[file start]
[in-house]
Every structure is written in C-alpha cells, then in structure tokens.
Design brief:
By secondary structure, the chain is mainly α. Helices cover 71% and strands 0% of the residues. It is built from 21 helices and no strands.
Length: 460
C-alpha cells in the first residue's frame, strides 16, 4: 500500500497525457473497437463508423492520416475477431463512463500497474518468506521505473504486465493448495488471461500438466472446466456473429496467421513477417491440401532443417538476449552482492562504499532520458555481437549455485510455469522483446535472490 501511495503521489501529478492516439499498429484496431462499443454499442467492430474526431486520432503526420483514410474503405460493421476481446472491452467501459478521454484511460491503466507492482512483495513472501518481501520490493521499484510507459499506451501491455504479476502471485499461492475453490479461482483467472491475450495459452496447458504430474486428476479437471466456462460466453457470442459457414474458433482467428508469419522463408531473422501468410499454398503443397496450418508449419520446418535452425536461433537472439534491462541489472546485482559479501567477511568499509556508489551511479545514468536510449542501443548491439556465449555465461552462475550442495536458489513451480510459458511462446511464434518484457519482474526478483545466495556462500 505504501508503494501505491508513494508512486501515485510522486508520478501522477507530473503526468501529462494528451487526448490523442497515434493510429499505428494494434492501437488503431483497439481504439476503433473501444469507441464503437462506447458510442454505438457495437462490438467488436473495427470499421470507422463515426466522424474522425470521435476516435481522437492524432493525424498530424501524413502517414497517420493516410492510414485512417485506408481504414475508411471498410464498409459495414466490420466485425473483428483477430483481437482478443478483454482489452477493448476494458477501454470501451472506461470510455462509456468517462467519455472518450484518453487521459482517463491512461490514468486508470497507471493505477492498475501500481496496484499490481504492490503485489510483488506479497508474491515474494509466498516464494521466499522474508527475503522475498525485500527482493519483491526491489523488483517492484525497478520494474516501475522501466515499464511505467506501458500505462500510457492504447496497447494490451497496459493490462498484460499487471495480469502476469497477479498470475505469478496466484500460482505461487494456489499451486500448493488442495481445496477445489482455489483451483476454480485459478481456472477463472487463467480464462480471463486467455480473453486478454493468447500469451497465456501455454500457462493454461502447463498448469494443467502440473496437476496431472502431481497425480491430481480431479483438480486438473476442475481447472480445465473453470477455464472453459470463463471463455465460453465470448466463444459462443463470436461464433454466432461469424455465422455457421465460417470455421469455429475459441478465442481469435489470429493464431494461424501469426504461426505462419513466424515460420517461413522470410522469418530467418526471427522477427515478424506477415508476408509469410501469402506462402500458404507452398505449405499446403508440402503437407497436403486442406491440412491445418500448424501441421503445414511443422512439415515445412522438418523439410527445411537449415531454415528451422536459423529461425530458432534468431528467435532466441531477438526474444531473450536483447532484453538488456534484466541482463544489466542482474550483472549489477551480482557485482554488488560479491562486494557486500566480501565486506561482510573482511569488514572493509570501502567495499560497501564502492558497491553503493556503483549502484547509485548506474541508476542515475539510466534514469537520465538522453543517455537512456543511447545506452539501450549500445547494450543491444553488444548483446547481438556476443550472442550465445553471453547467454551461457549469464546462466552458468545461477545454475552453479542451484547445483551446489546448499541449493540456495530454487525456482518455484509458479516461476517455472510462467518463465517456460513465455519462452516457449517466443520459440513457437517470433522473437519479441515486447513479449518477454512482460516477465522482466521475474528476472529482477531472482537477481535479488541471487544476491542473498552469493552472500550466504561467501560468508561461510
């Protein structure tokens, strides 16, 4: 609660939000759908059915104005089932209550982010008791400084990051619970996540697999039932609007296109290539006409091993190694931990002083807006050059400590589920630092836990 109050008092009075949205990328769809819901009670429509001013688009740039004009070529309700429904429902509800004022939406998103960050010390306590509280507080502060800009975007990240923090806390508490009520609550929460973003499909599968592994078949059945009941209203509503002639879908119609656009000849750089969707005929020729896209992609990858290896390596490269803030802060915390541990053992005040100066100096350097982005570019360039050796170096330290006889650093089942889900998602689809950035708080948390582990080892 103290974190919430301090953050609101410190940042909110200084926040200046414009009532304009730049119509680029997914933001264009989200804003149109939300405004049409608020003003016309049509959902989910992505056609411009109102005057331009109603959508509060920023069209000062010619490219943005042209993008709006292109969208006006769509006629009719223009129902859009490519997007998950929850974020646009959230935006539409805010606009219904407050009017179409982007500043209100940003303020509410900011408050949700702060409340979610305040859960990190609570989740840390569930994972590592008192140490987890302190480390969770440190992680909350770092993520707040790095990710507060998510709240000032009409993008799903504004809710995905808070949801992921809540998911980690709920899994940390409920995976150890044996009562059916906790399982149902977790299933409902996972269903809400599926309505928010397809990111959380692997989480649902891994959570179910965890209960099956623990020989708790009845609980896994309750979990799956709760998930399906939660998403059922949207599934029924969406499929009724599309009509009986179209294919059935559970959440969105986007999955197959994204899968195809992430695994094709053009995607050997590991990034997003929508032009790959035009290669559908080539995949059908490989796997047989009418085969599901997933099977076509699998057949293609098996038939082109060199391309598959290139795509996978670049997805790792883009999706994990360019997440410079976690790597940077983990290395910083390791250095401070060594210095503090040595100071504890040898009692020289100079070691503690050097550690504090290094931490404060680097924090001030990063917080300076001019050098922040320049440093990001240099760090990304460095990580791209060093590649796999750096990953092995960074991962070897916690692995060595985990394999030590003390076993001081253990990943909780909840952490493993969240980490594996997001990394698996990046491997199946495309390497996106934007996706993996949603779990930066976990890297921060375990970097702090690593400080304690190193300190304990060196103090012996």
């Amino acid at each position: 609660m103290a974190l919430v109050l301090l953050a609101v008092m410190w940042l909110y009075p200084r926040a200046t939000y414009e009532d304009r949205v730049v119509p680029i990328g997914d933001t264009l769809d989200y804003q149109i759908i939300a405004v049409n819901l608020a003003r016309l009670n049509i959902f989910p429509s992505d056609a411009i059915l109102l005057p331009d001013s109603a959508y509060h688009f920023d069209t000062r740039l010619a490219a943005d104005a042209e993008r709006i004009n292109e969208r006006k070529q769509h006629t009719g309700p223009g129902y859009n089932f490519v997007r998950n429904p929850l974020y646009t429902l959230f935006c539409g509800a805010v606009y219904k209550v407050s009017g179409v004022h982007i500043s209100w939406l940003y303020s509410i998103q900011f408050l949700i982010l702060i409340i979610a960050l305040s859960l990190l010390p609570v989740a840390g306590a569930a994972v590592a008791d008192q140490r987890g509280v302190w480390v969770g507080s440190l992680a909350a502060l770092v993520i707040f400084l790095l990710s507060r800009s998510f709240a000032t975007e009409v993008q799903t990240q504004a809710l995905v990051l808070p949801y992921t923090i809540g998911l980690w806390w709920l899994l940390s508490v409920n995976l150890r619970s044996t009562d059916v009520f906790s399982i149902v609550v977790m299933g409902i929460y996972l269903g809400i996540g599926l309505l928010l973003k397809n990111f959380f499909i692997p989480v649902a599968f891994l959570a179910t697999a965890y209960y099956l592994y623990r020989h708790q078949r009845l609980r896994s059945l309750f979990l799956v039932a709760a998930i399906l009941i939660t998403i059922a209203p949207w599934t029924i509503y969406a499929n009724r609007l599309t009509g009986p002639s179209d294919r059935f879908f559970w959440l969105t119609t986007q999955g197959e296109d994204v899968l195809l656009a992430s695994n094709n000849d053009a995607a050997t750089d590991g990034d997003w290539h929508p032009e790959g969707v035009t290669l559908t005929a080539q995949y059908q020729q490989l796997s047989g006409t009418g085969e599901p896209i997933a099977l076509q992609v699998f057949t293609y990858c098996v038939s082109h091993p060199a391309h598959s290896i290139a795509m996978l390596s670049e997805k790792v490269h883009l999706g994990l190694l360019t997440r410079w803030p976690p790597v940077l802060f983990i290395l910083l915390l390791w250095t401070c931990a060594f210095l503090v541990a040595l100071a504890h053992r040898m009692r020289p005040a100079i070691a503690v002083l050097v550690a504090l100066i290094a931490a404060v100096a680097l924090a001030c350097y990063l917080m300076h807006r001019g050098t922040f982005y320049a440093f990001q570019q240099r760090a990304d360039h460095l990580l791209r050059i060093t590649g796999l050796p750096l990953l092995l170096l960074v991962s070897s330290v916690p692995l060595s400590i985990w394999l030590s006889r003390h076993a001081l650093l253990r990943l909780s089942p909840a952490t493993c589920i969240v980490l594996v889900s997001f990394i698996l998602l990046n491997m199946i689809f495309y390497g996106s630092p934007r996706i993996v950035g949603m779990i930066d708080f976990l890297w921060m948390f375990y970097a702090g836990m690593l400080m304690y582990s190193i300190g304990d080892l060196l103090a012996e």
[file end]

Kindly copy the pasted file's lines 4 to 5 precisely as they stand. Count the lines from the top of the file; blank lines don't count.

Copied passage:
By secondary structure, the chain is mainly α. Helices cover 71% and strands 0% of the residues. It is built from 21 helices and no strands.
Length: 460